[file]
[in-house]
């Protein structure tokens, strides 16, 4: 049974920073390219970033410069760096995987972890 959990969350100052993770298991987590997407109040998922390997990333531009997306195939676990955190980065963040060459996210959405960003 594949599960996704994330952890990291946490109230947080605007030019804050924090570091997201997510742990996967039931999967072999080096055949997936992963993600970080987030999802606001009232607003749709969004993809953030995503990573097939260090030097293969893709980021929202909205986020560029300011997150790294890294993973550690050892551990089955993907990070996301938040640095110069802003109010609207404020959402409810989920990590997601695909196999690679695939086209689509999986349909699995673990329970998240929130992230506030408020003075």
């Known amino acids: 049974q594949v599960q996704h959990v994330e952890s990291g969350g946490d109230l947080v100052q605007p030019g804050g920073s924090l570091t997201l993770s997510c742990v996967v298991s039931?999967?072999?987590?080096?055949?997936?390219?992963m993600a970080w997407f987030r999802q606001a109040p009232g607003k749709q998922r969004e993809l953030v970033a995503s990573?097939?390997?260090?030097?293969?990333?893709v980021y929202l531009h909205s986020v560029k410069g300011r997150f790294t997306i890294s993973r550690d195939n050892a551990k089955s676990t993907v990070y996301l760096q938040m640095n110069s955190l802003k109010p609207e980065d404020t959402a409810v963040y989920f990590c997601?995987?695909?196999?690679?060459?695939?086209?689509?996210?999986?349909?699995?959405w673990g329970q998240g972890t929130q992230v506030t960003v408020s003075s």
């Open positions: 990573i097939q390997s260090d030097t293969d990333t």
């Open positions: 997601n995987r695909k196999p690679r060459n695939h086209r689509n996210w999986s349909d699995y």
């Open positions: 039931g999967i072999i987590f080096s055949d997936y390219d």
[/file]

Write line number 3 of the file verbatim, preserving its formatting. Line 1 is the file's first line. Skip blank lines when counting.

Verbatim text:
């Known amino acids: 049974q594949v599960q996704h959990v994330e952890s990291g969350g946490d109230l947080v100052q605007p030019g804050g920073s924090l570091t997201l993770s997510c742990v996967v298991s039931?999967?072999?987590?080096?055949?997936?390219?992963m993600a970080w997407f987030r999802q606001a109040p009232g607003k749709q998922r969004e993809l953030v970033a995503s990573?097939?390997?260090?030097?293969?990333?893709v980021y929202l531009h909205s986020v560029k410069g300011r997150f790294t997306i890294s993973r550690d195939n050892a551990k089955s676990t993907v990070y996301l760096q938040m640095n110069s955190l802003k109010p609207e980065d404020t959402a409810v963040y989920f990590c997601?995987?695909?196999?690679?060459?695939?086209?689509?996210?999986?349909?699995?959405w673990g329970q998240g972890t929130q992230v506030t960003v408020s003075s």